In what recently was a closely guarded secret, Amazon.com (NASDAQ:AMZN) has reportedly been working on a new business dubbed Pantry, which is being built to compete against big-box stores like Wal-Mart (NYSE:WMT) Sam's Club and Costco (NASDAQ:COST).
While the plans of the business are still considered private, it will be "a senior manager in vendor management and consumables at Amazon," Billy Hegeman, that is alleged to be running the new unit. It will launch in 2014.
How the new business will work is Amazon will target approximately 2,000 products usually found in the center area of grocery stores. These are products with long shelf lives such as paper products, canned goods, dry grocery items, and pet products, among others.
The strategy is to offer the products at low prices to generate high turnover. In other words, the idea is to focus on high volume sales.
This targeted market is so desirable because the demographic has a higher income in general, and includes households with children. The value there isn't just the larger number of products needed to maintain a larger household, but these households are also great lifetime customers.
To give the new business a jumpstart, Amazon will offer its Prime customers low shipping rates, dependent upon the products order fitting into a box of specific dimensions.
If the products ordered fit in the box, the Prime customers get a discounted shipping fee. They will also have to be under an undisclosed weight to get the lower shipping costs.
This should add to the already-compelling Amazon Prime program, which has been growing strongly. According to Consumer Intelligence Research Partners (CIRP), the number of subscribers has soared to 16.7 million.
Members of Amazon Prime spend about $1,340 annually, against the $708 customers not subscribing to the service spend. In the U.S., that translates to 56% of product sales at the company, according to CIRP.
There is no doubt this will be a smash hit at the company, which will help grow other Prime services like its streaming video, which competes directly with Netflix (NASDAQ:NFLX).
I like how Amazon is differentiating from streamers like Netflix and HBO, building out its Prime business with the additional shipping advantage, as well as the new low-cost product offerings when it is launched.
This could put some pressure on Costco because of the implications of its latest earnings miss, where EPS dropped 6 cents below expectations. This suggests an ongoing weak economy, and when adding in a new, powerful competitor, it will challenge Costco over the next couple of years.
Many have believed Costco was going to continue to run, and it possibly might over time, but Amazon is definitely going to have an impact on the performance of Costco, and even if it takes a little time, is sure to be one that is difficult to fully answer.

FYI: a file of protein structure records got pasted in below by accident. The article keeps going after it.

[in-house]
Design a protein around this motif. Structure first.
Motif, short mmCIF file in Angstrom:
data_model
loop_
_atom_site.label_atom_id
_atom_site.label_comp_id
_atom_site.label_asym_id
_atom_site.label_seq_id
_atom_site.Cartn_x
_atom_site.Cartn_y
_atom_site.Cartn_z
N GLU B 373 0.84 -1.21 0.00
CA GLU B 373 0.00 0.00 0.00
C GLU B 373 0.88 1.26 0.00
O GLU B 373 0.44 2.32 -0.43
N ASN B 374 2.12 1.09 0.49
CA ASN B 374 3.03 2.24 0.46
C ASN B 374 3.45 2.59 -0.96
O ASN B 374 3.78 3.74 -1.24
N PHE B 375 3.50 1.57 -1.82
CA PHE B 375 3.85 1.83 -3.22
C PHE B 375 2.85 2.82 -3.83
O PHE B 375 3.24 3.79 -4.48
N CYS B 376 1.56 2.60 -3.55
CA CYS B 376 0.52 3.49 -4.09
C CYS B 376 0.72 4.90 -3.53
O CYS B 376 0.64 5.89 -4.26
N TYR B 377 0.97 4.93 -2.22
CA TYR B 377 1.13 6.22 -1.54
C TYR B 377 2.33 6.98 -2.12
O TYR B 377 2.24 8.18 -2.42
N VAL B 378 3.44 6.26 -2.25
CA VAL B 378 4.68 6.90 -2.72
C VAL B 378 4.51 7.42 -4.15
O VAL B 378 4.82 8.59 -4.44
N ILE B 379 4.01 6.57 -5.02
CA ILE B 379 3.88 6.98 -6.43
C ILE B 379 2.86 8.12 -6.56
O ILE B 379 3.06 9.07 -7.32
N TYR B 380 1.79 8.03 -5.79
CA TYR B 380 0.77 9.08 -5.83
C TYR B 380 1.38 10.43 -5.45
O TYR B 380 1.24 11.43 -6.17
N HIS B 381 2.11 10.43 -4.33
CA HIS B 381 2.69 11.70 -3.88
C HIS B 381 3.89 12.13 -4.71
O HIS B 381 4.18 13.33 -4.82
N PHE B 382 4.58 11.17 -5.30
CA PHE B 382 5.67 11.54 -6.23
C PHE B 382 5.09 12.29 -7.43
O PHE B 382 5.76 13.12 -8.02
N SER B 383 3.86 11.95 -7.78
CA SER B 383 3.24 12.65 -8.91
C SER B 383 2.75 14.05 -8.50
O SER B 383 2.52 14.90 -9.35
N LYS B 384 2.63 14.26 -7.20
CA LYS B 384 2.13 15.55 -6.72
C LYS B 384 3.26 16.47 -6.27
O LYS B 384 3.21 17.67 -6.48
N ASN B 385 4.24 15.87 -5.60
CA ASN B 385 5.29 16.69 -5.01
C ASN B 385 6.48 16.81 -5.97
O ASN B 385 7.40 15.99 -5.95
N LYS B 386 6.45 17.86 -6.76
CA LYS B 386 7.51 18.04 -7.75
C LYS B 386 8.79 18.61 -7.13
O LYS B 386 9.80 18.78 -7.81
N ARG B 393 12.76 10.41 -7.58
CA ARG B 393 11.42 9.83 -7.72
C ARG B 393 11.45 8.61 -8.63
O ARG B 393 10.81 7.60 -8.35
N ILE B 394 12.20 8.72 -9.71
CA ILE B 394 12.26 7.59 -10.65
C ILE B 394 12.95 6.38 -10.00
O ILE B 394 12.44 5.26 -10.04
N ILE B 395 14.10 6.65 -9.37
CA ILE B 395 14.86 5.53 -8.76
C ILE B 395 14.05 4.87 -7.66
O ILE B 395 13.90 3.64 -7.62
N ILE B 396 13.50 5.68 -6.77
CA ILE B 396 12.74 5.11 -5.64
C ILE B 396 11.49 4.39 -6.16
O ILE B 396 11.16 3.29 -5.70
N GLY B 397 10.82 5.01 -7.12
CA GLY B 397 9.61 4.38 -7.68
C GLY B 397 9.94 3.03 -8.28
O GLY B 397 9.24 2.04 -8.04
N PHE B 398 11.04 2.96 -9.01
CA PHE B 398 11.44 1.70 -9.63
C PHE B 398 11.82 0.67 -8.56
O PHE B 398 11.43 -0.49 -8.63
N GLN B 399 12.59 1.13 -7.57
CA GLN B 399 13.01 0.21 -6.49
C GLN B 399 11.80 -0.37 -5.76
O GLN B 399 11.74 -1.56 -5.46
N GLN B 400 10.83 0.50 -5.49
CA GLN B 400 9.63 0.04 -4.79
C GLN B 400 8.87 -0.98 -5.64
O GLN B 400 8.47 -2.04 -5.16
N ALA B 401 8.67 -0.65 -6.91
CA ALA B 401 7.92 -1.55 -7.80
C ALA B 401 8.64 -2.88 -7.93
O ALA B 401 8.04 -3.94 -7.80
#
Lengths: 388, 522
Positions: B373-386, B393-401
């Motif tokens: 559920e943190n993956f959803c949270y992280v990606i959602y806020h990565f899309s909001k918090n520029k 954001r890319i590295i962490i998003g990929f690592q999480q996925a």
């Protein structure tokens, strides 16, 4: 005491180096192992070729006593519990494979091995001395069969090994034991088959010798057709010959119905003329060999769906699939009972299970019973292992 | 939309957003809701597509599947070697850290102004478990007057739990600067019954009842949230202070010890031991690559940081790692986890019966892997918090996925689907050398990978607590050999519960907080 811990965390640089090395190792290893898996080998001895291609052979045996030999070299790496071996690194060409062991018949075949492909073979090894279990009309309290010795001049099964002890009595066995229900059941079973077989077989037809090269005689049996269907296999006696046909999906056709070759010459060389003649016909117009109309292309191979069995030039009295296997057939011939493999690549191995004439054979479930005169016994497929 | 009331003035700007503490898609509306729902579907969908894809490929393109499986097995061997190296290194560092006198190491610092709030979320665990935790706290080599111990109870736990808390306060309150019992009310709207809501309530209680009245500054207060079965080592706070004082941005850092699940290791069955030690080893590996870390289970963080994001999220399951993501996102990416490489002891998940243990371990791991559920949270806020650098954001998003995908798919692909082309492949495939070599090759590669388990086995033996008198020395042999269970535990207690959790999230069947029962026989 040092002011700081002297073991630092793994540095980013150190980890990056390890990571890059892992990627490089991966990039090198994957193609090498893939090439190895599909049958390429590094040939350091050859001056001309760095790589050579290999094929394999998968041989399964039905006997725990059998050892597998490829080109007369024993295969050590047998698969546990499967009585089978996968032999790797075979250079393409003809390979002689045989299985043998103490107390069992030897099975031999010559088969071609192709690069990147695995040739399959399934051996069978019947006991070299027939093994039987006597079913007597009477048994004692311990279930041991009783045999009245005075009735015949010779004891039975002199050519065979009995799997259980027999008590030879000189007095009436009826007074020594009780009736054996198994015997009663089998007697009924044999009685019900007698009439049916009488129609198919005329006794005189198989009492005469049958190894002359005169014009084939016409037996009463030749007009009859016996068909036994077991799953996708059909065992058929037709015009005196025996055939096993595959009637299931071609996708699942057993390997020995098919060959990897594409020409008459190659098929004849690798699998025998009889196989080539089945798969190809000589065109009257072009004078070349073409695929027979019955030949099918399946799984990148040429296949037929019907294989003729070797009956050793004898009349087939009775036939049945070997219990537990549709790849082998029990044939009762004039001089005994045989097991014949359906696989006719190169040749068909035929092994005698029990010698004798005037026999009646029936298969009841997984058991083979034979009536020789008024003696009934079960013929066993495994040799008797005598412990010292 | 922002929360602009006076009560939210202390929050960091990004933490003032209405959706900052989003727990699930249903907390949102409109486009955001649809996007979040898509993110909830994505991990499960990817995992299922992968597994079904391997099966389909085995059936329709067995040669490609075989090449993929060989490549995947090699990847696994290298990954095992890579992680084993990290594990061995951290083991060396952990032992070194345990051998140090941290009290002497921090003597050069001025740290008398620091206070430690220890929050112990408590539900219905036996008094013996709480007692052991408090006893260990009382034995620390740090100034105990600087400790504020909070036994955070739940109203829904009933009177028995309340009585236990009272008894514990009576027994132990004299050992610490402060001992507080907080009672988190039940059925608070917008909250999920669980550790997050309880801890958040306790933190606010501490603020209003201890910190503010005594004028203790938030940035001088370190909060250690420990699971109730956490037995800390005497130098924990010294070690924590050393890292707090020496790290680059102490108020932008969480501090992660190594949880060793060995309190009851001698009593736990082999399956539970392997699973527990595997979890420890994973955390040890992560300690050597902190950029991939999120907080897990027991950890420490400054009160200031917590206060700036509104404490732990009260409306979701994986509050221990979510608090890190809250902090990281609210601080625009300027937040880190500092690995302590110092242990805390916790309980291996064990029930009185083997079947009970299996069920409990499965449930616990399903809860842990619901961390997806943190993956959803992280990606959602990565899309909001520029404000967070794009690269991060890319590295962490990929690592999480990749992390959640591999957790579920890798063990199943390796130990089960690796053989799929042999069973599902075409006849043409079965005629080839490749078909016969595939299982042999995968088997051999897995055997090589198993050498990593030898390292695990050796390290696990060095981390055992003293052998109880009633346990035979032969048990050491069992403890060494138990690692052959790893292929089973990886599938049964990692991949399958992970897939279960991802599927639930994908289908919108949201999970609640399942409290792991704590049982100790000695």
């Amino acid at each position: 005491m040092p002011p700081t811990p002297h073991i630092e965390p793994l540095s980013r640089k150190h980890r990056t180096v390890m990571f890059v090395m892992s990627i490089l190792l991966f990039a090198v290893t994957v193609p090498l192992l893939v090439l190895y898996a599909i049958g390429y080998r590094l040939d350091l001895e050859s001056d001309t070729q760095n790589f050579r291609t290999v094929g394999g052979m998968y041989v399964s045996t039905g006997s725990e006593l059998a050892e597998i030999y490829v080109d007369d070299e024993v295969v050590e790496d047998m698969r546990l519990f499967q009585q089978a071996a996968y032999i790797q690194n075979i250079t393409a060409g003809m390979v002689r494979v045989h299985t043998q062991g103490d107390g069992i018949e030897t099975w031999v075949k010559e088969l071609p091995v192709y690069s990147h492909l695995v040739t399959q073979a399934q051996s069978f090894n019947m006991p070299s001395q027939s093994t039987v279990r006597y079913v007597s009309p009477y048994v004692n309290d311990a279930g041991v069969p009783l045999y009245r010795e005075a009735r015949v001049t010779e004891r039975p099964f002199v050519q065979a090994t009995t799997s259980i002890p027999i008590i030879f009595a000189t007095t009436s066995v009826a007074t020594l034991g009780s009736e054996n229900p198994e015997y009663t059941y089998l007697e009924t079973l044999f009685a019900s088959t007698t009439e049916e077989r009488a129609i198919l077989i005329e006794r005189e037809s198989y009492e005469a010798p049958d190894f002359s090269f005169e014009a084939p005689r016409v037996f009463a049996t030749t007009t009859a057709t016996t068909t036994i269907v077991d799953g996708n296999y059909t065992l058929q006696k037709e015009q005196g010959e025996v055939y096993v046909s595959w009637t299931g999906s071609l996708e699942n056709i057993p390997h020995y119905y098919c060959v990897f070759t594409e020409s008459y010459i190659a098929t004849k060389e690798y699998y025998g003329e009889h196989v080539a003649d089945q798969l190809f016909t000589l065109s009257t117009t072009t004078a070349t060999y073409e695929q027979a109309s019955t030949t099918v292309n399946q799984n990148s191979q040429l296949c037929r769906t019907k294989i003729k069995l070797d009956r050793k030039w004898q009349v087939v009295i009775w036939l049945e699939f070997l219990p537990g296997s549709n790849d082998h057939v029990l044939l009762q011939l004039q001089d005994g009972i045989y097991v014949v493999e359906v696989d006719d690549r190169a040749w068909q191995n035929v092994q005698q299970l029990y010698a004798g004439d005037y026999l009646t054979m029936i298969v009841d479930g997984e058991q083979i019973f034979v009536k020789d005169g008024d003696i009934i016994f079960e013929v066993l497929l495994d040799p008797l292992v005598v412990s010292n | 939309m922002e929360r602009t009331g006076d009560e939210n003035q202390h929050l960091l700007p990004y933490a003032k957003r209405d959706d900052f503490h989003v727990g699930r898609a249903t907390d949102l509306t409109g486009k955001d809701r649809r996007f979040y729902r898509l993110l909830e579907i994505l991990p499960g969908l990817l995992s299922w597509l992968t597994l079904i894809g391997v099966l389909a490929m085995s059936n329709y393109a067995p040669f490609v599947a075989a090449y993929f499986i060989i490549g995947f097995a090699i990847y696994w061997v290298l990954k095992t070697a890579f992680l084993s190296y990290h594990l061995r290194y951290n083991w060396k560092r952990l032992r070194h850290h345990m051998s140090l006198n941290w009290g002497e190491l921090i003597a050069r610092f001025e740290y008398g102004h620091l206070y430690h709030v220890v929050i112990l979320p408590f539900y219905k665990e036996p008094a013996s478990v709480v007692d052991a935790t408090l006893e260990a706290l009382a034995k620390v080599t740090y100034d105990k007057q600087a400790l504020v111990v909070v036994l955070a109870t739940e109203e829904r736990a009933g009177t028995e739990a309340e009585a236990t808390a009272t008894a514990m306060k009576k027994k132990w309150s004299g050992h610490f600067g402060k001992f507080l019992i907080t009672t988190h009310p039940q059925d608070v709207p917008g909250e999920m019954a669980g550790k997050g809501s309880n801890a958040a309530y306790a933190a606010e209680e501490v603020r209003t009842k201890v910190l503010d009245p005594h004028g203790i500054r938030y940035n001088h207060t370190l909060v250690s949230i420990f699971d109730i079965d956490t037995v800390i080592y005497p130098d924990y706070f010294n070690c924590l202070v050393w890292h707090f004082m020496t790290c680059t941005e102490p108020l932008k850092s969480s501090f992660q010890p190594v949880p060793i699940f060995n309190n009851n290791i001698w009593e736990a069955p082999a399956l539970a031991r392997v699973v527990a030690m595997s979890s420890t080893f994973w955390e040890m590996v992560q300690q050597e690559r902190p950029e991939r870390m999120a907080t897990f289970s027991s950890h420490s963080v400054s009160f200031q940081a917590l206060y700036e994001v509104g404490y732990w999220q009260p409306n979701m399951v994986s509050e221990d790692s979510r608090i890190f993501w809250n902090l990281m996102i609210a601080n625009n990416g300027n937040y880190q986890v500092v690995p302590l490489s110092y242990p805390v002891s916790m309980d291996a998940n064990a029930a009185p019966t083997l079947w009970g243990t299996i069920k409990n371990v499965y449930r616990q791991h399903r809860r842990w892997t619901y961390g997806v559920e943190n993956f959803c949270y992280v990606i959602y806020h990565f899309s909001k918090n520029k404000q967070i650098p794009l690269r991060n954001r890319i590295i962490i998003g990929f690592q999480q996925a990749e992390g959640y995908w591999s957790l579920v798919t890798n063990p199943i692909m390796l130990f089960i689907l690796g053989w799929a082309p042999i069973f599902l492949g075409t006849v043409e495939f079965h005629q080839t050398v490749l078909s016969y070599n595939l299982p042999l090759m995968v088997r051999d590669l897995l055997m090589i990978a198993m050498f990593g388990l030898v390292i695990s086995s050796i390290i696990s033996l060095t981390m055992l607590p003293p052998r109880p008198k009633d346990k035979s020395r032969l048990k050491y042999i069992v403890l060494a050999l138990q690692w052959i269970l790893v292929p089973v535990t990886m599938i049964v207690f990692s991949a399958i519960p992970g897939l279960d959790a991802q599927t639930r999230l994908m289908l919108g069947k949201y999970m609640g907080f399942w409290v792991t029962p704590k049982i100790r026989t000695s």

With Amazon focusing on higher-volume items, and incorporating the business into its Prime service, this will without a doubt be a major competitive attack that will have to be successfully responded to if Costco is to continue on its upward trajectory over time.
I don't see this as important to Wal-Mart, only because it has a more diverse business.
Even so, Sam's Club will come under pressure from the new player in the sector, and that will have an effect on the top and bottom line of the company, even if it isn't to the level it will have on Costco.
Add a burgeoning Prime business with a new product price structure, and you can see that this could be a disruptive move by Amazon; one that will hit Costco and Wal-Mart during a time when they are struggling.
Since early April Wal-Mart has been flat, and from July Costco has also been fighting to gain momentum. Over a 5-year period, Amazon has demolished their two big competitors, although they've done pretty good during that same period of time. Just not near the results Amazon has produced.
On December 15, 2008, Amazon.com closed at $51.56, as I write it closed at $381.25. That's up well over 600%.
The demographic signing up for Amazon Prime is close to the same demographic participating in club stores.
With more disposal income and loyalty, it is no surprise to see Amazon aggressively pursue this market.
Costco will be most directly affected by this, while Wal-Mart won't be as affected in a direct way. Wal-Mart faces a different problem in that it hasn't been growing as it has in the past, and so could be disproportionately impacted because any business taken away from Sam's Club, even if it wasn't as much as Costco, could pressure the share price more.
This will take time to play out, but if this does take off over the next couple of years for Amazon, it's going to boost the share price while putting downward pressure on its giant rivals.
Disclosure: I have no positions in any stocks mentioned, and no plans to initiate any positions within the next 72 hours. I wrote this article myself, and it expresses my own opinions. I am not receiving compensation for it (other than from Seeking Alpha). I have no business relationship with any company whose stock is mentioned in this article.